Eat at Home or Go Out: Cost Comparison

Sep 8, 2021 10:39:39 AM

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To Eat In or to Eat Out…That is the Question.

Sometimes, it seems a whole lot easier to grab food at a restaurant or call in a to-go order. But is it worth it?

Going out once in a while can be a much-needed break from cooking and a fun time to socialize. But the monetary costs and health consequences can add up over time.

Let’s take a look at some of the costs you end up paying for when eating out.

  • Meal preparation
  • Meal service
  • Gratuities
  • Up-charges for substitutions or additions
  • Take out or to-go containers

These charges don’t always occur and may vary depending on the restaurant. There might be some additional charges not listed, as well.

Benefits of Eating at Home

On the flip side, let’s look at some of the benefits of preparing dishes at home.

  • Fresher ingredients
  • Lower in sodium than processed foods
  • Easier to modify for dietary restrictions
  • Prepared to taste
  • Promotes family time
  • Money savings

Let’s take a quick look at a few different meals that can be prepared at home or bought at a restaurant and see the cost savings throughout the day.

Cost Comparison Chart: Home-Cooked vs. Restaurant Meals

Eating @ home



Turkey Sausage egg and cheese English muffin

Apple slices


406 calories

Cashews, sparkling water


160 calories

Chopped salad( lettuce, cucumber, tomato, cheese) with chicken balsamic dressing


305 calories

Greek yogurt with fresh organic berries and granola


269 calories

Broccoli, garlic cauliflower mashed, chicken


180 calories



1320 calories

Eating Out



Sausage, egg, and cheese English muffin with

Apple slices - McDonalds


415 calories

Cashews, sparkling water - Wegmans


360 calories

Simply grilled chicken salad w/ 20z balsamic dressing - Red Robin


380 calories

Greek yogurt with fresh berries mango granola- Wal Mart


320 calories

Broccoli garlic potato, chicken- Apple Bees


570 calories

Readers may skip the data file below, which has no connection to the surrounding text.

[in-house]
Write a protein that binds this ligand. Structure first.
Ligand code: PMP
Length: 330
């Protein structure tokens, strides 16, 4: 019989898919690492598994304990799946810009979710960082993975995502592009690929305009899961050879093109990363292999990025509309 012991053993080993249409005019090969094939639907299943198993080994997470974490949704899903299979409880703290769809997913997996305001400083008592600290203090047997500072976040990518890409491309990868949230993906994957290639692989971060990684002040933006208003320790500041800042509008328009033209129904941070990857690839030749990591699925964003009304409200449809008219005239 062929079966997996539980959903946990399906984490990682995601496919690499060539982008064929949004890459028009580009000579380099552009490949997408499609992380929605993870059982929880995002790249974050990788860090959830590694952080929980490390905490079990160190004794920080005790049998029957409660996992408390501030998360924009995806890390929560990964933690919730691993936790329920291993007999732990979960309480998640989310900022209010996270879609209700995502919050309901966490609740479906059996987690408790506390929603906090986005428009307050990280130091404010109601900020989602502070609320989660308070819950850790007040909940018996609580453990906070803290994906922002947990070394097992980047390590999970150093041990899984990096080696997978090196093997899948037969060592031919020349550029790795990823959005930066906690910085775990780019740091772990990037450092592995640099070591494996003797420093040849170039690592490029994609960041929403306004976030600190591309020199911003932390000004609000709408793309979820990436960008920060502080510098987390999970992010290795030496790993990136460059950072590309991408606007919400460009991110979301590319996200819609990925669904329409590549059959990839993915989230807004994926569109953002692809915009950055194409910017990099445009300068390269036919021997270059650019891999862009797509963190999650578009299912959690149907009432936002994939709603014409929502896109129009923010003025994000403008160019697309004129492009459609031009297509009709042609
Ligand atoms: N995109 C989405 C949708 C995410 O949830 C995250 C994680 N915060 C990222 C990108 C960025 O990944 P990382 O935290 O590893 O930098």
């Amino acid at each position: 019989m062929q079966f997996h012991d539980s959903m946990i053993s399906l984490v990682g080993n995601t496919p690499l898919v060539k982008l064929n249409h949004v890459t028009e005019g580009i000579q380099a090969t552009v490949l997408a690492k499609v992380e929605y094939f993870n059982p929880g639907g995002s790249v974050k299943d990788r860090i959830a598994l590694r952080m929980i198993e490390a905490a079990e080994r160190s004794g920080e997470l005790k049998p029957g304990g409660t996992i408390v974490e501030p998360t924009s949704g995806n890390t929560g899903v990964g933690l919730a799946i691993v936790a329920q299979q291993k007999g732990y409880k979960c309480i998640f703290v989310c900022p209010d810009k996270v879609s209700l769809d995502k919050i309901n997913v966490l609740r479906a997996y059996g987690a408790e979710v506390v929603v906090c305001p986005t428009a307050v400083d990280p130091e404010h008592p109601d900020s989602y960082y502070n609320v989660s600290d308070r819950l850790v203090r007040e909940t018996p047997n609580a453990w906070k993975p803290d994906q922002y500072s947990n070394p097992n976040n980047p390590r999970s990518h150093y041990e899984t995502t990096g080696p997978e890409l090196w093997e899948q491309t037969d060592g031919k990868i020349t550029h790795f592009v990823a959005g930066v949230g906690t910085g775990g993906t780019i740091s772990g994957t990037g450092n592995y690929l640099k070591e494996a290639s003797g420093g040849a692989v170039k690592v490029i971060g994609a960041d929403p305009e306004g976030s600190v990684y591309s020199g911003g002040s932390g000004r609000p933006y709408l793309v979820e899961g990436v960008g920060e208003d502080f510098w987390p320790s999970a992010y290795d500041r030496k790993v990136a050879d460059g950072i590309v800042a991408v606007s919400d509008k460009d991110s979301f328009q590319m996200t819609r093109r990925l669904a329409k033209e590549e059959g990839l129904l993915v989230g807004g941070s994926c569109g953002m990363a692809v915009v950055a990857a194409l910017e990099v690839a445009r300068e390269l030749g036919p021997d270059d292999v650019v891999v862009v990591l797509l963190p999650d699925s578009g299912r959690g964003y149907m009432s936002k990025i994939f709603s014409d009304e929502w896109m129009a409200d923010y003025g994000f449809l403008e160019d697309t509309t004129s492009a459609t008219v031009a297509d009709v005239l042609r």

1995 calories

You just saved $23.47, and 675 calories!!!

Wait, how does this work? Good question.

To calculate the cost of eating at home, unit pricing is used. So each item would be purchased and then unit pricing is used to decide how much each serving costs.

For example, a cucumber costs $1.00 and you will be using one serving or half the cucumber, so the unit price of that cucumber is 0.50 cents. This methodology is used to calculate the cost of each item in the salad.  

When looking at these salads, you can see the cost of eating out is almost doubled! Don’t forget when you eat out, you'll need to budget for tax and tip, and potentially any surcharges.

We get it, life is busy! Sometimes you need to pick up the phone and call in a meal. However, the more practice you get whipping up simple and easy meals at home, the healthier your meals will (inevitably) be, and the more money you'll save!

Your coaches propose an experiment:

If you tend to eat out a lot, track what you spend in a week or month on takeout and dining in. Then, spend that same period of time making your own meals, and track your spending. With your savings over a few months, treat yourself to a massage, new item of clothing, or something else you've been wanting to do, but didn't want to spend money on. 

And as always, share what you find with your coaches and Yes Health community!